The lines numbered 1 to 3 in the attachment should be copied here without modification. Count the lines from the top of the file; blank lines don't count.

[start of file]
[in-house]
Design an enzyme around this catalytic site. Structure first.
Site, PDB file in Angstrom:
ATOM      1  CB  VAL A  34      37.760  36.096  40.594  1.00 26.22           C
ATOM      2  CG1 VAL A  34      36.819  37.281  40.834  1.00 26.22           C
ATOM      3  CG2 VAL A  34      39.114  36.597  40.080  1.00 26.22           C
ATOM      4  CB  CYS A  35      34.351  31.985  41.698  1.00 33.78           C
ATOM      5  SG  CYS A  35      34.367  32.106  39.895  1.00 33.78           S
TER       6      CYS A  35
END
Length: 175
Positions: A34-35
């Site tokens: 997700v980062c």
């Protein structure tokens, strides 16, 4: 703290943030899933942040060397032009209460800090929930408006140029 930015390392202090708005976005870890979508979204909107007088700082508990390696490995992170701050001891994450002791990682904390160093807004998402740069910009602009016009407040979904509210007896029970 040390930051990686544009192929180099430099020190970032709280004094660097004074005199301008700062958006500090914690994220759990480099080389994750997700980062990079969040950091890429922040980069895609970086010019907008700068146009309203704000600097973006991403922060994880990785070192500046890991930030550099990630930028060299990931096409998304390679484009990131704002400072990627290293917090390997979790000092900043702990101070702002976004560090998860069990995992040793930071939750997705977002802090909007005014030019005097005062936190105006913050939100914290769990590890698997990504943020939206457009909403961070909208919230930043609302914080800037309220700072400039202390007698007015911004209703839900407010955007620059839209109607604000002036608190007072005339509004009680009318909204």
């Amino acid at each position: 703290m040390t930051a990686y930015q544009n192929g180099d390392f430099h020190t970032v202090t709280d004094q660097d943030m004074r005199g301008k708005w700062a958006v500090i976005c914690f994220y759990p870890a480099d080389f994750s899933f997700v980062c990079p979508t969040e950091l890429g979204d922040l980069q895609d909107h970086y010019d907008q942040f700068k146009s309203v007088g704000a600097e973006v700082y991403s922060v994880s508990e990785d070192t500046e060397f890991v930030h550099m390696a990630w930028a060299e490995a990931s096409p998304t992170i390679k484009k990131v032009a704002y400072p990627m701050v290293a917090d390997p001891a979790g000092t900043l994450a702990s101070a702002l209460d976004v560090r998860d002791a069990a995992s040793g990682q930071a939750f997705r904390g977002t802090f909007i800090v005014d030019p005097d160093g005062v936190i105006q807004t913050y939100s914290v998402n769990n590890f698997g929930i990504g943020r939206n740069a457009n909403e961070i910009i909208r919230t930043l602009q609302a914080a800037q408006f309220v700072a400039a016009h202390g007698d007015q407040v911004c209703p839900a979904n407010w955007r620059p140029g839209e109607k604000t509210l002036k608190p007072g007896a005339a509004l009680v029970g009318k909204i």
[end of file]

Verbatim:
[in-house]
Design an enzyme around this catalytic site. Structure first.
Site, PDB file in Angstrom: